Charles Lyell: Hello! On behalf of the Dopamine Project and our readers I’d like to thank you for taking the time to resurrect for this interview. I know you’re busy being dead, so I’ll cut to the chase. How do you feel about people in general? And please, don’t hold anything back.
Henry Louis Mencken: …the great masses of men, even in this inspired republic, are precisely where the mob was at the dawn of history. They are ignorant, they are dishonest, they are cowardly, they are ignoble. They know little if anything that is worth knowing, and there is not the slightest sign of a natural desire among them to increase their knowledge.
Lyell: At the Dopamine Project we believe the behaviors you’re referring to can be attributed to dopamine-related safety, approval, and esteem addictions. How would you sum up the problem?
Mencken: The most ignorant man… has at hand a thousand devices for making life less wearisome and more tolerable: the telephone, railroads, bichloride tablets, newspapers, sewers, correspondence schools, delicatessen. But he had no more to do with bringing these things into the world than the horned cattle in the fields, and he does no more to increase them today than the birds of the air.
Lyell: But at least he appreciates the benefits provided by others.
Mencken: On the contrary, he is generally against them, and sometimes with immense violence. Every step in human progress, from the first feeble stirrings in the abyss of time, has been opposed by the great majority of men… They have fought every new truth ever heard of, and they have killed every truth-seeker who got into their hands.
Lyell: Tell me about it. We’ve been trying to raise dopamine awareness for years and it’s an uphill battle. Can you give me an example of what you believe we’re up against?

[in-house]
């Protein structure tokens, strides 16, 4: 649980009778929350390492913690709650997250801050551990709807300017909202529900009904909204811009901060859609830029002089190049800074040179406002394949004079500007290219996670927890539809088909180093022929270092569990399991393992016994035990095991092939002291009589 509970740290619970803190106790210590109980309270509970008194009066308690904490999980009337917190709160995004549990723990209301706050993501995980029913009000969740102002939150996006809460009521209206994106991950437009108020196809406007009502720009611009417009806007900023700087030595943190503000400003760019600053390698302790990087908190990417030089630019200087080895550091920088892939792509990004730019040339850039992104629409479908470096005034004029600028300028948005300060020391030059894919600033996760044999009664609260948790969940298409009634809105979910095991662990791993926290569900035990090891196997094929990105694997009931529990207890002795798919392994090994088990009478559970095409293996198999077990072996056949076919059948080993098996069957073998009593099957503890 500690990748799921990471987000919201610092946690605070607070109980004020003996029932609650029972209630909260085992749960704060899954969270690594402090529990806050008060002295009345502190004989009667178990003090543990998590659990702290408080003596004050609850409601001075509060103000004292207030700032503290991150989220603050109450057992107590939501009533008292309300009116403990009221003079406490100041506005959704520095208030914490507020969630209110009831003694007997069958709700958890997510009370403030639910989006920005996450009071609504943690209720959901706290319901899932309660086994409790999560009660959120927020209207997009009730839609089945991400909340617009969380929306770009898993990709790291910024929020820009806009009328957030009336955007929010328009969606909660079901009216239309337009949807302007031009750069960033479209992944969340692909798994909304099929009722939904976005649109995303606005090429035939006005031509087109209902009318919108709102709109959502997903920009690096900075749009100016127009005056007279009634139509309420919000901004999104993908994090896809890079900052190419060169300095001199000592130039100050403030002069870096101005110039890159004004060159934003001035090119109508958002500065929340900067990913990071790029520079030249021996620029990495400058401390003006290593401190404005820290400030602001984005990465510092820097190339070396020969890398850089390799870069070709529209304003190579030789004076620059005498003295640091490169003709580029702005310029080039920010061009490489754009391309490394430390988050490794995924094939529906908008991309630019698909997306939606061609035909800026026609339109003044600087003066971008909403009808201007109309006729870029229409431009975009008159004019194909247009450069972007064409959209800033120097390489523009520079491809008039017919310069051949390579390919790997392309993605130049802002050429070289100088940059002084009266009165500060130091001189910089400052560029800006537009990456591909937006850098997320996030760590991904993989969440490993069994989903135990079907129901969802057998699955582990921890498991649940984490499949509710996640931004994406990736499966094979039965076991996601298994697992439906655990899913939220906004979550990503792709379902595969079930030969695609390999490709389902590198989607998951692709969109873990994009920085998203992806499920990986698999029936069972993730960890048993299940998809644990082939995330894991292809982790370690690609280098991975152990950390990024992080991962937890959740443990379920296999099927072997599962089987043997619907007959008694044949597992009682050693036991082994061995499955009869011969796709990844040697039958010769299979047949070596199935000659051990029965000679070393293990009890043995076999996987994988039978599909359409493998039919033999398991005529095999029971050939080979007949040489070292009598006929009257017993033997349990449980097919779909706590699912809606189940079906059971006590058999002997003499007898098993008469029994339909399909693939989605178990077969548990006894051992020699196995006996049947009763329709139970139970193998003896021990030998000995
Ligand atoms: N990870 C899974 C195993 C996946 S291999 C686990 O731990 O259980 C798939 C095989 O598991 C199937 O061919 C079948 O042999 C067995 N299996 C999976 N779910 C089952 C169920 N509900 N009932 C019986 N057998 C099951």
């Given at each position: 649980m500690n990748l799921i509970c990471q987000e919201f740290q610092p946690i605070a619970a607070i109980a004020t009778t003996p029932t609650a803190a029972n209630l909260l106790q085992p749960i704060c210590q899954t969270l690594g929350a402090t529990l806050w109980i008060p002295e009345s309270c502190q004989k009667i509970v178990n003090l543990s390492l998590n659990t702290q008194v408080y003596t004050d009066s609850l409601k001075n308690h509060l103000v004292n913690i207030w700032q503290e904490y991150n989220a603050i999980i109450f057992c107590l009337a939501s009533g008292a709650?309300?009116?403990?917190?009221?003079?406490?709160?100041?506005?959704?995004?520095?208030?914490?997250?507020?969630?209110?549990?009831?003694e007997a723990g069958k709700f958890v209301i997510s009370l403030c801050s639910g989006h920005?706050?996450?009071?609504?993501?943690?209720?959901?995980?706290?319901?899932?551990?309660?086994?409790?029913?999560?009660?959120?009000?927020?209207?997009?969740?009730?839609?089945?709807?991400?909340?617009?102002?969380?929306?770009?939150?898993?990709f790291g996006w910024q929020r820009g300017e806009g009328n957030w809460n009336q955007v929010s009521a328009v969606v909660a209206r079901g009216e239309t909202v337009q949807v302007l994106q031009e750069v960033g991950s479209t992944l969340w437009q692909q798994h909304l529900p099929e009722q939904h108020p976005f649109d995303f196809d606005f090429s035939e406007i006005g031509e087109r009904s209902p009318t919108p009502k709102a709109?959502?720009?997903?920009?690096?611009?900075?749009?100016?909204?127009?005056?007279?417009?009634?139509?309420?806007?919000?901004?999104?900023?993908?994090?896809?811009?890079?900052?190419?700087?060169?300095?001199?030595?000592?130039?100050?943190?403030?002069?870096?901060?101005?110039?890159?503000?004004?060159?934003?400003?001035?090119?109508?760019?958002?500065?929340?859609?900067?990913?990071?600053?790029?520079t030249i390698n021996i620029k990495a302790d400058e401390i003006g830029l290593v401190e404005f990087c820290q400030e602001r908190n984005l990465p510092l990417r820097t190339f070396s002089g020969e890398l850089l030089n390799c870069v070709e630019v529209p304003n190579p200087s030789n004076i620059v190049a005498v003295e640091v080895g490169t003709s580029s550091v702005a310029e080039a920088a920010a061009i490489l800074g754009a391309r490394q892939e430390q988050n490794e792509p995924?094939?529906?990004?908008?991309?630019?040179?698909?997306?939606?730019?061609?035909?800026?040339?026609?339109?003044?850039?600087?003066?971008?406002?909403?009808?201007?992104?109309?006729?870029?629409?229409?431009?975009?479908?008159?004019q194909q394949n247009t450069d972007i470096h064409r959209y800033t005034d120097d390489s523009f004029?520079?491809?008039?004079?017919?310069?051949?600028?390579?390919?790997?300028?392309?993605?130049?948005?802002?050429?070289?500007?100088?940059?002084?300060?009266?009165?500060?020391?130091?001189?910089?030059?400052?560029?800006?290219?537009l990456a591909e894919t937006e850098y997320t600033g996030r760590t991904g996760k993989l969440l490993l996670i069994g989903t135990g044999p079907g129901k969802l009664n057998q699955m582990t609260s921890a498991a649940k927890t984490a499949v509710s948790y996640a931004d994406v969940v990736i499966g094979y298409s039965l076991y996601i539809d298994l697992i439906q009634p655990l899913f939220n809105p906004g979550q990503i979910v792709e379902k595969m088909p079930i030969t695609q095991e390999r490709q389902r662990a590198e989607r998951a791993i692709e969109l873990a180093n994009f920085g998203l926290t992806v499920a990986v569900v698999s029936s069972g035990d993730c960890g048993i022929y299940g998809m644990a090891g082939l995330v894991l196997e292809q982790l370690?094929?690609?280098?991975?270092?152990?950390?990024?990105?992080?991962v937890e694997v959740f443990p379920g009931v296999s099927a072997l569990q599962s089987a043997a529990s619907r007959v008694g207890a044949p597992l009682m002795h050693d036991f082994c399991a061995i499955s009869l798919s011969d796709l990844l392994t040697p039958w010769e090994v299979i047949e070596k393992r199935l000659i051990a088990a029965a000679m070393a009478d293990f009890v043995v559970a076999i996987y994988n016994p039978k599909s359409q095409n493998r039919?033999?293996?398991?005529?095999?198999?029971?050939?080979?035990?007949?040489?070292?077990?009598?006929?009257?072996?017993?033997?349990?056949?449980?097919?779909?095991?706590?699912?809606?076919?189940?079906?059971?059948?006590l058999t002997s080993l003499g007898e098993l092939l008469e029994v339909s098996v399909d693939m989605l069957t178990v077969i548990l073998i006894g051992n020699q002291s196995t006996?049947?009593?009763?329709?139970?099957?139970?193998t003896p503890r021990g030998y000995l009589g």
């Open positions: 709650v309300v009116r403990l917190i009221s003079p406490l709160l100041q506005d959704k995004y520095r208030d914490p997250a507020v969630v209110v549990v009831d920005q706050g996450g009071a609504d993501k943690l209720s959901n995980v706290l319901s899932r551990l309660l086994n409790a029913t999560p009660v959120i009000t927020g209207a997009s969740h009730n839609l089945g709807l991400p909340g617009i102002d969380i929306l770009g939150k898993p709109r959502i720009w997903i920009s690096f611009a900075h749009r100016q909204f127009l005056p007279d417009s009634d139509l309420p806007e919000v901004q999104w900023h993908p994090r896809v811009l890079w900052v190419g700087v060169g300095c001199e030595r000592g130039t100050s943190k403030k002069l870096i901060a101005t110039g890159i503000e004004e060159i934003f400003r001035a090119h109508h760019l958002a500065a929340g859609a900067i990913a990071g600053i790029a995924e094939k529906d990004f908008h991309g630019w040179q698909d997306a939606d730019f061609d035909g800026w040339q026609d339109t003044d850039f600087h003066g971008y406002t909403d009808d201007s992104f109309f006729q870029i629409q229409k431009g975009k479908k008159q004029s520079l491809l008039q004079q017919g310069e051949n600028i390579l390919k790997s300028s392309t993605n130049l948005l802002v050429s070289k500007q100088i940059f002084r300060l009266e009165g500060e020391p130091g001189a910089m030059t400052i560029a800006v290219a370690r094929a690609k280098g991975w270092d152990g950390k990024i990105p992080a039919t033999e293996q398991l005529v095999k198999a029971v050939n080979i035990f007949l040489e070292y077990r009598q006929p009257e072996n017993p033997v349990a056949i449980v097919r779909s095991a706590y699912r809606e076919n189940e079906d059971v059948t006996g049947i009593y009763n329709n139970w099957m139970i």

Mencken: The so-called religious organizations which now lead the war against the teaching of evolution are nothing more, at bottom, than conspiracies of the inferior man against his betters. They mirror very accurately his congenital hatred of knowledge, his bitter enmity to the man who knows more than he does, and so gets more out of life… What they propose to do, at bottom and in brief, is to make the superior man infamous — by mere abuse if it is sufficient, and if it is not, then by law.
Lyell: We now know that religion owes its popularity to an abundance of safety addicts who can’t handle their mortality, peer-approval addicts who love the instant approval they get from simply agreeing to believe in fairy tales, and esteem addicts who get off on the dopamine triggered delusion they are somehow superior for picking “the one true God.” Tell me, why do you feel these so-called religious organizations are so dangerous?
Mencken: Such organizations, of course, must have leaders; there must be men in them whose ignorance and imbecility are measurably less abject than the ignorance and imbecility of the average. These super-Chandala often attain to a considerable power, especially in democratic states. Their followers trust them and look up to them; sometimes, when the pack is on the loose, it is necessary to conciliate them. But their puissance cannot conceal their incurable inferiority. They belong to the mob as surely as their dupes, and the thing that animates them is precisely the mob’s hatred of superiority.